Eating healthy doesn’t have to be boring. In fact, it should be fun, that way, your kids won’t even know that they are eating their greens. March is National Nutrition Month and we are celebrating by giving you some tips on teaching your kids the importance of food, nutrition and eating skills. As the saying goes, “A healthy outside starts with a healthy inside.”

We aren’t experts in nutrition, so we are rounding up some great advice shared by one of the many healthy Instagram pages that we follow: @lunchesandlittles. She asked 6 dieticians on getting kids to eat their veggies and here is what they had to say:

  • “Don’t stress if your child wants ketchup on everything. It’s better for them to eat broccoli covered in ketchup, than no broccoli at all. Look for varieties with no preservatives and minimal sugar.” – @milknhoneynutrition (
  • “Try preparing and serving vegetables in different ways. For example, if your little one turns their nose up at roasted carrots, serve them raw with a healthy dip! Instead of mashed potatoes, try baked sweet potato fries. Cutting veggies into fun shapes is another great way to get kids curious and more likely to try a veggie!” – @cookingfortots (
  • “Constant exposure is key: aim to serve veggies at most meals including breakfasts and snacks. If you wait until the evening kids are likely to be too tired to want to eat them.” – @drjencohen (
  • “Make eating veggies playful instead of about pressure! One of my girls favorites is when I slice down the spine of sugar snap peas so the “baby peas” can play “peek a boo.” It takes the pressure off of trying to get them to eat and instead invites them to engage with the veggie so that they eventually eat the veggie on their own initiative and out of self-led curiosity.” – @veggiesandvirtue (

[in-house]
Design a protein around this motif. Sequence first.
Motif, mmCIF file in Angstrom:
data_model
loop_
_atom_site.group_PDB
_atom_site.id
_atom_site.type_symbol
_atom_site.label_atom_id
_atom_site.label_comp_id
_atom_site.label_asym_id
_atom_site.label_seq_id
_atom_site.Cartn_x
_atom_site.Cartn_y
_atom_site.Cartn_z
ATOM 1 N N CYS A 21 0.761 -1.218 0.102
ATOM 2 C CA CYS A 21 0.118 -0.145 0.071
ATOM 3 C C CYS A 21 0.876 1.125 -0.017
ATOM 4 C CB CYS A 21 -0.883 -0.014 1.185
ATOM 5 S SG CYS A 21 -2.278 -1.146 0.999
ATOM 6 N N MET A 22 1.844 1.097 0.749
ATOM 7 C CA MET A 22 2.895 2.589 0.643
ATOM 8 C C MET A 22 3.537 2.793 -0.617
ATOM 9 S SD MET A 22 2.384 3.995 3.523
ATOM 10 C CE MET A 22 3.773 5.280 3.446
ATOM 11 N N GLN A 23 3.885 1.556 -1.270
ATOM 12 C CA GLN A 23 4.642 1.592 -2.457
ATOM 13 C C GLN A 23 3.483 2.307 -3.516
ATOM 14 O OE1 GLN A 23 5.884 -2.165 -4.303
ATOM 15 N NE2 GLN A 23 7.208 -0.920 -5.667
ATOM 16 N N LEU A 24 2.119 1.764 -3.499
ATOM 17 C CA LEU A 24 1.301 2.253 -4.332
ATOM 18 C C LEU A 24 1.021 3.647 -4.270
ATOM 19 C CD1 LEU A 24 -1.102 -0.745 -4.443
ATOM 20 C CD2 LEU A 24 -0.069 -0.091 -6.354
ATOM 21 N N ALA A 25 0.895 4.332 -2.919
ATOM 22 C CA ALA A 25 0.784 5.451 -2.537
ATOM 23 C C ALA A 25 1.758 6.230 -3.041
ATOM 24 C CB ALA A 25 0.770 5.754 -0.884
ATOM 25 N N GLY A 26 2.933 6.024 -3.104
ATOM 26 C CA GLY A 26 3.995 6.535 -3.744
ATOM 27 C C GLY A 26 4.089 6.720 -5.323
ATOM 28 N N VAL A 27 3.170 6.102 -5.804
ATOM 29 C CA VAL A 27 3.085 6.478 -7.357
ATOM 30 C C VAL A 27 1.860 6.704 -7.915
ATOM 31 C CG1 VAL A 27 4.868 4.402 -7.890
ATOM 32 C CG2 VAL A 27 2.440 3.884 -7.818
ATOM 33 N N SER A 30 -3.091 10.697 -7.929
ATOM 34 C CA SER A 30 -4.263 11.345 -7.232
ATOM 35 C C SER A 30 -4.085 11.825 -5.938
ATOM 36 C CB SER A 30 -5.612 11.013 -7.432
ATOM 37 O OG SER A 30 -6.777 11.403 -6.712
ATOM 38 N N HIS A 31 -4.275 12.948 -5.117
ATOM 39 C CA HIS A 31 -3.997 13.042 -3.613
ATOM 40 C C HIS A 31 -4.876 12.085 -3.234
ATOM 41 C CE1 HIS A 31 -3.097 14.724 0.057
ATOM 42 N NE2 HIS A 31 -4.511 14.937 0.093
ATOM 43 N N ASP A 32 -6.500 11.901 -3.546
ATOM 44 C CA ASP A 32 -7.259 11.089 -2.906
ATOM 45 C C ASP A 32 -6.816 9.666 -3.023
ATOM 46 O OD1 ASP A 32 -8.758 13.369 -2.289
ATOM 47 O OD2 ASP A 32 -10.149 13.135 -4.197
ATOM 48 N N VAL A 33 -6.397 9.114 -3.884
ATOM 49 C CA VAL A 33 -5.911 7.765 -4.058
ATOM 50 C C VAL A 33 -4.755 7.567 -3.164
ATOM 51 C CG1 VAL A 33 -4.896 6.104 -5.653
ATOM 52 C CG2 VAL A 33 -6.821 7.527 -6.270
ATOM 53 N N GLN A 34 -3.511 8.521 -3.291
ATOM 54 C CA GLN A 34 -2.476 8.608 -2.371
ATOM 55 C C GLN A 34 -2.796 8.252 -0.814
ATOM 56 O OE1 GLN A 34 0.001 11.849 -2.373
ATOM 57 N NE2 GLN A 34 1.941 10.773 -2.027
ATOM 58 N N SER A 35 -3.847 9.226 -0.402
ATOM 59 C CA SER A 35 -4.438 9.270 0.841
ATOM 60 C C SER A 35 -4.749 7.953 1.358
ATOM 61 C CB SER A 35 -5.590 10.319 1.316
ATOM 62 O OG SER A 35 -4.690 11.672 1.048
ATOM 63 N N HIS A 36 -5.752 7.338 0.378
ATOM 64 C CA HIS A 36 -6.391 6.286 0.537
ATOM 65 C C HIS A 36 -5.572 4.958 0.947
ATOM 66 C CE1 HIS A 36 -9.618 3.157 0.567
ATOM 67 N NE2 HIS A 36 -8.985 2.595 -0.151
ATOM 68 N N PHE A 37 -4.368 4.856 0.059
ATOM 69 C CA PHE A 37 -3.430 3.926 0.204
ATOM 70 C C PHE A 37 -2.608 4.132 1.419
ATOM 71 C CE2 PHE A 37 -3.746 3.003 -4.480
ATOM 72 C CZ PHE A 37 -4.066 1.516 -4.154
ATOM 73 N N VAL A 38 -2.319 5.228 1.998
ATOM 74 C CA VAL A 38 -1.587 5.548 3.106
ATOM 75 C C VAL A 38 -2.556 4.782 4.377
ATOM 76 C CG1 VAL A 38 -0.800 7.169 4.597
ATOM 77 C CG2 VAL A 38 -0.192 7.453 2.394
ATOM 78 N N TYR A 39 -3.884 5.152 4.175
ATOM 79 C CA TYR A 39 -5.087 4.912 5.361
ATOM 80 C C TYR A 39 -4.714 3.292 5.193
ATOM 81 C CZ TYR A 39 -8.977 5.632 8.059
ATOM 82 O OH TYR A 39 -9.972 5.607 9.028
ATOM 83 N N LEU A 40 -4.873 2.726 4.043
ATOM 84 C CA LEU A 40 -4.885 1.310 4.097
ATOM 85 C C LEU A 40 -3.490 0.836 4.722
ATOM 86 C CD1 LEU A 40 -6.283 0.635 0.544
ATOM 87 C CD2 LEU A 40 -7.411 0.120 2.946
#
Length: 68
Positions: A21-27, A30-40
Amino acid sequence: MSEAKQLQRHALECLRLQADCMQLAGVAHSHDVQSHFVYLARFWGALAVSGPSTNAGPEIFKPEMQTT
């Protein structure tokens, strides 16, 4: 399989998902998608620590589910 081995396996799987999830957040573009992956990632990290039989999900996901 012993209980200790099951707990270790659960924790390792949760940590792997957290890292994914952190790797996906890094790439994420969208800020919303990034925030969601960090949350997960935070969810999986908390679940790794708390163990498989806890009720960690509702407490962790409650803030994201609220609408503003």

• “Try offering a dip! Hummus, mashed avocado, and Greek yogurt all make delicious dips for carrots, cucumber, peppers, snap peas, and more!” – @motherhoodandmeals (
  • “If you’re struggling with your child wanting to try new vegetables, invite them into the kitchen to help with prep and cooking. Teach your child how to shuck corn, peel a carrot, rinse canned beans or snap broccoli or cauliflower heads into “trees.” The more a child is exposed to a new food (even if they don’t eat it), the more likely they will accept it at a later time.” – @holleygrainger (

As with any part of raising children, no one does a perfect job with nutrition. As a parent, grandparent or nanny, you can help raise healthy eaters during these critical years by doing your best to:

  • Serve regular, balanced meals and snacks with a variety of nutrient-rich foods.
  • Provide calm, pleasant meal times where adults and children can talk together.
  • Allow children to use their internal signals to decide how much and what to eat.
  • Explore a variety of flavors and foods from different cultures and cuisines.
  • Share an appreciation for healthful food, lovingly prepared and shared with others.
  • Make simple food safety, such as washing hands, part of every eating occasion.
  • Teach basic skills for making positive food choices away from home.
  • Find credible food and nutrition resources when you don’t know the answer.